Personality changes

PHYSICAL CHANGES:

Changes in sensory capabilities: As a person reaches old age, their sensory capacities begin to decline. Hearing loss is common with about 30% of those above the age of 60. The elderly may find it difficult to hear high pitch sounds and the hearing loss may interfere in his day to day communications. He may have to ask others to reappear what was said or may misunderstand the information given. This could lead to embarrassment and hence withdrawal of verbal communication – the most common way of communicating.

Changes in eyesight begin to take place by the age of 40, when most of us may feel the need for spectacles. Degeneration of the eye muscles may cause difficulties such as blurring of vision, dimness in vision, cataract, glaucoma and even blindness. This may be a debilitating change for some, as impairment in vision may obstruct day to day activities to a great extent. One may find it difficult to read, write, move, bathe, eat, recognize or use objects, or pursue any hobbies such as painting, knitting, sewing, visiting friends, watching TV or films and so on. This could possibly affect their confidence and lead to social isolation, anxiety or even depression.

In some cases, a person may experience a loss of taste and hence find it difficult to enjoy even their favourite food items. Additionally, some may find chewing difficult or require dentures. This may even lead to a reduction in appetite or refusal to eat food. As a result the person may become frail and weak.

Degeneration of muscles and organs:

As we begin to cross over to old age from adulthood, our tissues, muscles, and even organs begin to degenerate. The issues arising because of this degeneration could be as diverse as reduction in heat sensitivity, in ability to maintain body temperature, skin that is more prone to tearing, scaling, drying and wrinkling to more serious concerns like loss of grip, joint pains, frequent falls, and frequent fractures. Many of these issues may be a cause for embarrassment and affect self-esteem, in addition to the health risks. Owing to old age, the recovery period may also be longer.

RETIREMENT

Along with the physical body, the personal and social life also transforms to a great extent. The first major transition is often retirement. From a financially independent person with responsibilities of the home and work, a person suddenly becomes financially dependent with little or no responsibilities. Challenges such as finding ways to fill the additional leisure time, making lifestyle changes so as to be able to live off the pension, dealing with the lack of work responsibilities are commonly found in retirees.

AGEISM

Another important concern is ageism. Picture an elderly person in your mind. What image did you see? Did it consist of a frail, wrinkly skinned old man or woman, who looks like they would possibly need assistance in their work? Such stereotypes are common place in the society, and they not only influence what others expect from the elderly, but also what they should expect from themselves. This stereotyping of and discrimination against the elderly on the basis of their age is called ageism. Even healthy older adults are expected to act “old”, which may prevent them from doing activities they're fully capable of doing. Research suggests that ageism may impact an older person’s confidence, productivity as well as cardiovascular health.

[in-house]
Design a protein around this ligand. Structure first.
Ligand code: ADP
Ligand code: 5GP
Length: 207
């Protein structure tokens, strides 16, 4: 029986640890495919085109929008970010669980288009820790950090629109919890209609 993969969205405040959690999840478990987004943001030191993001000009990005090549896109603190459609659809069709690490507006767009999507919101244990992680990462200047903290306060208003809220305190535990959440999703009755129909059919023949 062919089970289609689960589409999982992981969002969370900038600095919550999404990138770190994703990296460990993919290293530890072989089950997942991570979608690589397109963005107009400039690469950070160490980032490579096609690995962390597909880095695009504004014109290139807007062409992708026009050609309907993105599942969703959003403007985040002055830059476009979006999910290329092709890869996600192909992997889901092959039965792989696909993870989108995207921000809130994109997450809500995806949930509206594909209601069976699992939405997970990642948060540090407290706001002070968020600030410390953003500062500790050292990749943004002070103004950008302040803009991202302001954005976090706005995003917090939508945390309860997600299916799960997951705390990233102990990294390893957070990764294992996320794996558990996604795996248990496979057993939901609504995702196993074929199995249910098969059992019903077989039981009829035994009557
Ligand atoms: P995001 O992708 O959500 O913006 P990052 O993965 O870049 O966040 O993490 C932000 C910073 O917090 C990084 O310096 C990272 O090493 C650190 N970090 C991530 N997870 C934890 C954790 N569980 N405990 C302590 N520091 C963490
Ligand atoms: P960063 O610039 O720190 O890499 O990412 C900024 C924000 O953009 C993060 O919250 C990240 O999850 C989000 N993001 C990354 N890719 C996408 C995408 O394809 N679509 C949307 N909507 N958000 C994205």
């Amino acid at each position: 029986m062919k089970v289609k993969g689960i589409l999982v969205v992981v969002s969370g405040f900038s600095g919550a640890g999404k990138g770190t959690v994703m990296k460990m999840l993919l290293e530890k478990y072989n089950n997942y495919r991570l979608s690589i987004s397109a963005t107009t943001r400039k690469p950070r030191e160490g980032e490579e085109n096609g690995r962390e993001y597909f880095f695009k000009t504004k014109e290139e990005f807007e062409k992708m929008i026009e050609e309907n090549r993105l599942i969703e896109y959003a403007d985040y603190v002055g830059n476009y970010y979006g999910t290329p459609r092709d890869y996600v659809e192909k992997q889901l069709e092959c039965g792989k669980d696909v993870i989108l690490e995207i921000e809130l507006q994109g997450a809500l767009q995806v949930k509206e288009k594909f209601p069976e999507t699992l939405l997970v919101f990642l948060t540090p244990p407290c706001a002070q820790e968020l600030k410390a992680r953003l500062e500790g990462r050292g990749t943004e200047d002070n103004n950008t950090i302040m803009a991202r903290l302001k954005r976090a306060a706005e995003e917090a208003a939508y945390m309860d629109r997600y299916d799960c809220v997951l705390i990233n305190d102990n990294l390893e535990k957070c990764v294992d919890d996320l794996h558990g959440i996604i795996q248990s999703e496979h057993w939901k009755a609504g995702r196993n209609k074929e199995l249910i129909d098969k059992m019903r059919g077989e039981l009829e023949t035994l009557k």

BEREAVEMENT

In old age, the chances of losing a friend or spouse increases manifold. The resulting grief may have a profound impact on an individual’s psychological well-being. Typically following a loss, a person may experience sadness, tearfulness, thoughts about the deceased, difficulty in sleeping, changes in appetite, irritability as well as difficulty in day to day tasks. In some cases, unhealthy ways of dealing with grief may cause further problems. Men show a higher mortality within 2 years of the loss of their spouse.

The aged often experience abuse in its various forms. Statistics suggest that, worldwide, 1 in 10 people over the age of 60 experience abuse in a month. The possible risk factors include poor physical and mental health, shared living, familial problems, and financial dependence. Abuse could be in any of the following forms:

Abuse can have a lasting damage on a person's physical as well as mental health. It may result in injury, disability, depression, anxiety and even death.

FREQUENT FALLS:

Falls are a very common hazard to the health and safety of an older individual. Falls could occur due to any number of reasons, ranging from dizziness, vision problems and disorientation due to delirium, muscle weakness and frailty. The after effects of falls may be difficult to deal with, as it could often lead to serious injury as well as affect the confidence and autonomy of an individual.

OTHER LIFESTYLE DISEASES:

Diseases such as diabetes have the highest prevalence in older adults. Nearly 347 million people in the world suffer from diabetes, a majority of them being from the ‘old’ category. Diabetes may, in the long run, cause problems with the heart, kidney, liver, eyes and even brain cells. When a person detects earlier on that they are at risk for diabetes, preventive measures can be taken to delay the onset, if not prevent the disease entirely .

Another condition that is common in old age is heart disease. Hypertension (high blood pressure) or high cholesterol can lead to problems such as stroke and heart disease. High blood pressure affects more than two out of 3 people over the age of 75. Stroke and heart disease in turn can lead to certain kinds of dementia.

ENSURING HEALTHY AGING:

Anxiety
Depression
Bipolar Problems
Addiction
Sexual Concerns
Impulsive Behaviours
Maladaptive Behaviours
Psychosis
Eating Disorders
Phase of Life Problems
Memory
Personality Changes
Mood Disorders
Psychotic
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